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Photography Real Talk - Pt 2

In Photography Real Talk Part One, we discussed shooting techniques in the field and how to put them together when we get back home. If you haven't yet had a chance to check that out, please do so when you have time -

A lot of the comments and questions I got after the first post were aimed at night photography, noise in images, single images, composites and sky replacements. I'll do my best to tell you my thoughts on all those in this blog. After some long self thinking sessions, I think I've came up with a way to properly help people realize that single images are not always the best. You, as the artist/photographer will have to decided on your own and make sure you're ok with the work your doing. Remember, your art is your art and don't let me or anyone else tell you differently. I'm simply here to state the facts and help guide you if you wish to be guided. I really just want to bring more info about what goes into photography into the public eye so that more people understand that images like the one above are not single shots straight out of the camera. To get image quality like this, that can be printed large with minimal to no noise, it takes a little work in the field and in post processing... let's jump right in!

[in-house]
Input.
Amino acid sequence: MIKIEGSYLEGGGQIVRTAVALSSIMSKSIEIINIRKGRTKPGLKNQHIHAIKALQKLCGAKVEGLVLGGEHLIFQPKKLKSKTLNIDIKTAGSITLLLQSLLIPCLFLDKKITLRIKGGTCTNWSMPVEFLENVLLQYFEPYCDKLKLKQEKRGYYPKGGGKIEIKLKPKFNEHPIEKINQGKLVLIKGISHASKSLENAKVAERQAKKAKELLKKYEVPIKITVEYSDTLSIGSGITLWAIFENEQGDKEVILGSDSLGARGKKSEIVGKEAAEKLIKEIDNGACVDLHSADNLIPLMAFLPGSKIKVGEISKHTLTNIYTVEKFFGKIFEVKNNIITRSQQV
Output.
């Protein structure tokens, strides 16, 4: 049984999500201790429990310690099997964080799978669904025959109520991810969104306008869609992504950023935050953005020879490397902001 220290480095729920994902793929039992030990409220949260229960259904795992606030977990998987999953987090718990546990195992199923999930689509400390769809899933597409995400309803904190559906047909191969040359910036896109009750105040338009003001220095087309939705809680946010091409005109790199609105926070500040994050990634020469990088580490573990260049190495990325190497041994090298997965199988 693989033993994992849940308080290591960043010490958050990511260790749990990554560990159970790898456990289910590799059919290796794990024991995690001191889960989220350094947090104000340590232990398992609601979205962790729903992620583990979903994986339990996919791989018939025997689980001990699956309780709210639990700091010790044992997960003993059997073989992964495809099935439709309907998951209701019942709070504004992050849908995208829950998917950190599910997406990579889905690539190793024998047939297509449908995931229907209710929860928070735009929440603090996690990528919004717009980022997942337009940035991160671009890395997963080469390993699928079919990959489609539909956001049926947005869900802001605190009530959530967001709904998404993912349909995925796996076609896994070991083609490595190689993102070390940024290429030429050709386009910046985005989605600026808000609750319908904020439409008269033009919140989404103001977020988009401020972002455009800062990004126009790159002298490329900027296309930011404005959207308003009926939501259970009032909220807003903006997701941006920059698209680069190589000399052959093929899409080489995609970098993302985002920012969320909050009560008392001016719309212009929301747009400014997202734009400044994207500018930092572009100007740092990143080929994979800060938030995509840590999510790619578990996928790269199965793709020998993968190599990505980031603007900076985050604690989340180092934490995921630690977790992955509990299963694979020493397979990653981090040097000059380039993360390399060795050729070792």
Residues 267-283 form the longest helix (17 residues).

I'd like to start off with a quote, this quote actually solidified my reasons for wanting to write this blog post and talk about high quality night photography images. It comes from one of my contacts on social media that they posted to their account -

"I love astrophotography, but I only shoot single exposures because it bothers me how far blends and composites can take your mind out of reality".

Click image below to view larger!

Left Image - Blue hour blend with stacked sky (Best option for Best quality images)

Foreground was shot with low ISO near sunset time for best possible exposure to then blend with the stacked sky I knew I was going to shoot later that night at the same location. Here you can see the color in the building is superior to the ones shot at night.

Middle image - Single exposure (Nikon D850) Supposed to one of the best, if not the best camera for handling noise at higher ISOs. (6400 ISO for 13 seconds) We see a lot of white dots/noise in the shadow area of the broken windows.